A Seasonal Guide to the Greens of Spring

kaleYou might notice a trend at this time of year across produce aisles, cooking magazines and restaurant menus: things are greening up with plenty of little leafy plants all around.

That’s because the seasonal growth of lettuces, greens and other early plants, has begun. The greens of spring are the “baby” versions of nature’s healthiest veggies.

Your spring salad will be bursting with color, texture and nutrition if you choose from the many amazing varieties of greens and baby lettuces available. Here is an overview of some of the most popular types of spring greens.

For a delicious dose of vitamins, minerals, fiber and antioxidants, mix and match any of these in a big bowl. Or, pile on a sandwich. Or throw into pastas and omelets. Possibilities are springing up everywhere!

Collard and Mustard Greens

With traditional greens like collard and mustard, the larger and older the leaves get to be, the tougher their texture becomes, and the stronger the flavor. The advantage of snipping from the leaves of these plants in the spring, is the harvesting of smaller greens on the younger plants, offering a more tender leaf texture, and milder flavor. Cooking times can be greatly reduced, preserving nutrients. And fatty, smoky additions like the customary bacon or ham hock, become less necessary.

Collards are part of the cruciferous family, noted for their concentration of glucosinolates and phytonutrients, identified as a premier cancer-fighting and cholesterol lowering trait among related veggies like broccoli, kale and cabbage. Mustard greens (or Chinese mustard leaves) deliver similar benefits, but feature a spicier flavor resembling horseradish. Using acid, such as fresh lemon, to marinade the greens helps break down their fibrous consistency, while steaming helps release the health benefits of glucosinolates.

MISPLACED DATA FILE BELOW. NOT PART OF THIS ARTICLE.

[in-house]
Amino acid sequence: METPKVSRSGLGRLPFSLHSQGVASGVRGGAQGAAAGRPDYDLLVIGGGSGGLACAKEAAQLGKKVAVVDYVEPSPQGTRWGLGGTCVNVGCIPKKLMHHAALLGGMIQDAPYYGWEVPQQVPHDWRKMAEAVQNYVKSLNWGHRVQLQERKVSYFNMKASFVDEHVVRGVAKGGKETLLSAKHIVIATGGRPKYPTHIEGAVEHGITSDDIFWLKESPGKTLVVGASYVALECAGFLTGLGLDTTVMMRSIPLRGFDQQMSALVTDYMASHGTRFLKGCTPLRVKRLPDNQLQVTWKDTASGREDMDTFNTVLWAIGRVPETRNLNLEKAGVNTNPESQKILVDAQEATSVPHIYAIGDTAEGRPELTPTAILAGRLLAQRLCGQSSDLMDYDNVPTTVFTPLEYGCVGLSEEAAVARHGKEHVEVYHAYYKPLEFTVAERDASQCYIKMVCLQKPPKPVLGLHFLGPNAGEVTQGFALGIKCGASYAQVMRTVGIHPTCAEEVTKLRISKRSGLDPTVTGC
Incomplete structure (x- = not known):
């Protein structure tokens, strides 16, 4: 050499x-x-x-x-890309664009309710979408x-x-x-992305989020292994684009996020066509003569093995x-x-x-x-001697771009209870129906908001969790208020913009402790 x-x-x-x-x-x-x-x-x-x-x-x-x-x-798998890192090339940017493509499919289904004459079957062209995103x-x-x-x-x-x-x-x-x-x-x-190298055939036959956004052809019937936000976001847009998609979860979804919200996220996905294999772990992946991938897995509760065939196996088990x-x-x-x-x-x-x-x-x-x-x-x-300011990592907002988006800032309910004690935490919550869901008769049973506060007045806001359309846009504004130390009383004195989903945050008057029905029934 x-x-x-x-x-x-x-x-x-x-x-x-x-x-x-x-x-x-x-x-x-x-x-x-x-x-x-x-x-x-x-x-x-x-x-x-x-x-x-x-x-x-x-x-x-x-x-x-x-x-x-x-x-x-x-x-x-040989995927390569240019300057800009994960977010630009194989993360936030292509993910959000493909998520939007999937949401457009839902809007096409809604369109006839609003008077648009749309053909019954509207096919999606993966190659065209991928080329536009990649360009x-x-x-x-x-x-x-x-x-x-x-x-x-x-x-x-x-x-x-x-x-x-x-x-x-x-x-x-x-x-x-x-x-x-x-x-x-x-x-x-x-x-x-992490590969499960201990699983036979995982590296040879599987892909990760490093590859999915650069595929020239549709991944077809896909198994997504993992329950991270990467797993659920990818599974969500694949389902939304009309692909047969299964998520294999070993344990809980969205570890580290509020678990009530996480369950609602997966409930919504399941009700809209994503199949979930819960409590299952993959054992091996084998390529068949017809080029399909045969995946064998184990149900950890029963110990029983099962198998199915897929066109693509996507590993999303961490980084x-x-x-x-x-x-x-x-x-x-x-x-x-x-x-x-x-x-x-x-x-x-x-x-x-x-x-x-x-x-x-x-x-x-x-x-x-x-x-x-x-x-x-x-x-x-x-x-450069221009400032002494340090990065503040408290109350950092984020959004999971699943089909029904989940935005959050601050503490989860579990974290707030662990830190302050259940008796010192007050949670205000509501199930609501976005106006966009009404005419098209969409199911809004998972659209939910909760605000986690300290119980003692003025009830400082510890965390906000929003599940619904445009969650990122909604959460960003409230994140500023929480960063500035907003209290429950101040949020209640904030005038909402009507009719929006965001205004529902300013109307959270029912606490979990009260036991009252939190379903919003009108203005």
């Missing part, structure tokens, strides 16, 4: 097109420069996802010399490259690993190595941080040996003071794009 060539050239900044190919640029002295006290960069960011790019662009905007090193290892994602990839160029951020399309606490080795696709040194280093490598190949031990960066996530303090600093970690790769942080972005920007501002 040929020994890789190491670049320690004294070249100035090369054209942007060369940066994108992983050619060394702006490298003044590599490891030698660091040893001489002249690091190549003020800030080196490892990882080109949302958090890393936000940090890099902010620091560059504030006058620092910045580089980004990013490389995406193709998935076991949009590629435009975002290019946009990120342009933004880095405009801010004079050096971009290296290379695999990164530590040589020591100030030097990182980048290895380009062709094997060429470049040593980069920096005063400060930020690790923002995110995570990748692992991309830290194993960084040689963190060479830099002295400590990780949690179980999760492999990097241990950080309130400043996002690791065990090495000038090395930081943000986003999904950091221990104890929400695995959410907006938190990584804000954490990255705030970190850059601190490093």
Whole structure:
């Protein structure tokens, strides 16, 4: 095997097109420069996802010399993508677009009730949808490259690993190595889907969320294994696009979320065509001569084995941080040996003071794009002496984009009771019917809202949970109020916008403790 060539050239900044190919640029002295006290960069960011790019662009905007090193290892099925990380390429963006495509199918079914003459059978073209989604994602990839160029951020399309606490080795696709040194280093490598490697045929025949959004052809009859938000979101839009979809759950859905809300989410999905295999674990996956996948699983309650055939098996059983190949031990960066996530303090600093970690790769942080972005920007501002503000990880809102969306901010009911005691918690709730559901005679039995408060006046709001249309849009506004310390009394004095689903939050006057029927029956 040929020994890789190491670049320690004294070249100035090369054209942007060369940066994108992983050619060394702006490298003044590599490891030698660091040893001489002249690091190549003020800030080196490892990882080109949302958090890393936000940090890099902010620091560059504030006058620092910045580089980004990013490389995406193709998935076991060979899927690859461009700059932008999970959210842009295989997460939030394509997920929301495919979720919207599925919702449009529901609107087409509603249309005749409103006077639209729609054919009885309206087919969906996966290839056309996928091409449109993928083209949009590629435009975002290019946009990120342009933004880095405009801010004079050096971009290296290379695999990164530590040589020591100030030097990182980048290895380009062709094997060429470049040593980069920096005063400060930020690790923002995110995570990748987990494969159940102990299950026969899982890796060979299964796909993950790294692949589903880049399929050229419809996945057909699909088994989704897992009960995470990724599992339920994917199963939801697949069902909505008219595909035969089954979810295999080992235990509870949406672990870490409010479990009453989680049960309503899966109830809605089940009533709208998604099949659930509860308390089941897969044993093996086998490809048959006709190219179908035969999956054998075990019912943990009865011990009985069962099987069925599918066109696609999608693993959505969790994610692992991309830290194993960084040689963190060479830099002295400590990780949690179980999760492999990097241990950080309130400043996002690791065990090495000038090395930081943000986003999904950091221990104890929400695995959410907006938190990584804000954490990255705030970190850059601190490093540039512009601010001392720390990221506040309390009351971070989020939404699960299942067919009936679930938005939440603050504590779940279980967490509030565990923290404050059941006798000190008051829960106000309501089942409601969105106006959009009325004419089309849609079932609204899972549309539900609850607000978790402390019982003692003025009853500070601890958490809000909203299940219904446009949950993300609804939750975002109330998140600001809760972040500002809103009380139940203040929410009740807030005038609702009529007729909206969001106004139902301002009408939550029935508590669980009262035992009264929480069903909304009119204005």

Turnip and Beet Greens

It might sound a little old-fashioned to suggest adding turnip greens to your menu, but modern research confirms the health value of the leaves and stems growing on top of the turnip tuber under the ground. In fact, the greens deliver more vitamins, minerals and antioxidants than the actual turnips themselves do. Plus, they belong to the brassicacia family alongside cabbage and kale, known for cancer-fighting properties.

Beet greens are another example of a plant food taken from the leaves and stems on top of the vegetable growing underground. Beets share the same larger plant family as Chard, known for its stunning array of colors and nutrient-dense leaves. Like chard, beets are also a super-food. A recent study in Chile found tender, tasty beet greens to be one of the top sources of iron in the diet of the entire country.


Baby Spinach and Arugula

You’re probably most familiar with these garden standards, spinach and arugula. They have a similar growing season, and both deliver the nutritional benefits of deep green leaves in general. But they bring two different flavors to the table—which makes them a good mix, very commonly packaged together as a 50/50 blend. Arugula is loved for its peppery spice, and spinach is warm and mild.

Both can be enjoyed raw, and simply dressed with a bit of olive oil and squeeze of fresh lemon. Both work slightly wilted, too—toss a handful of spinach or arugula into your soup or pasta bowl at the last moment for color and earthy flavor. Not to mention a boost to your blood and bone health.

Baby Lettuce

There are three main types of lettuce plants, with numerous varieties under each category providing a huge range of shapes and textures, plus color and crunch variations. Nearly every type of lettuce has red or green leaves available, and white stems and leaves shows up as well, making a spring mix a truly beautiful choice.

The tiny versions of romaine lettuces feature vertical leaves that are both crispy and leafy, with bright grassy flavor. Bibb and butterhead lettuces come in round heads and are tender and very mild. Leaf lettuces such as red leaf and oak leaf are also more mild in flavor. The leaf lettuces are typically moist – because they are made up of nearly all water! But you’ll still get 70% of the recommended amount of Vitamin A from one cup.

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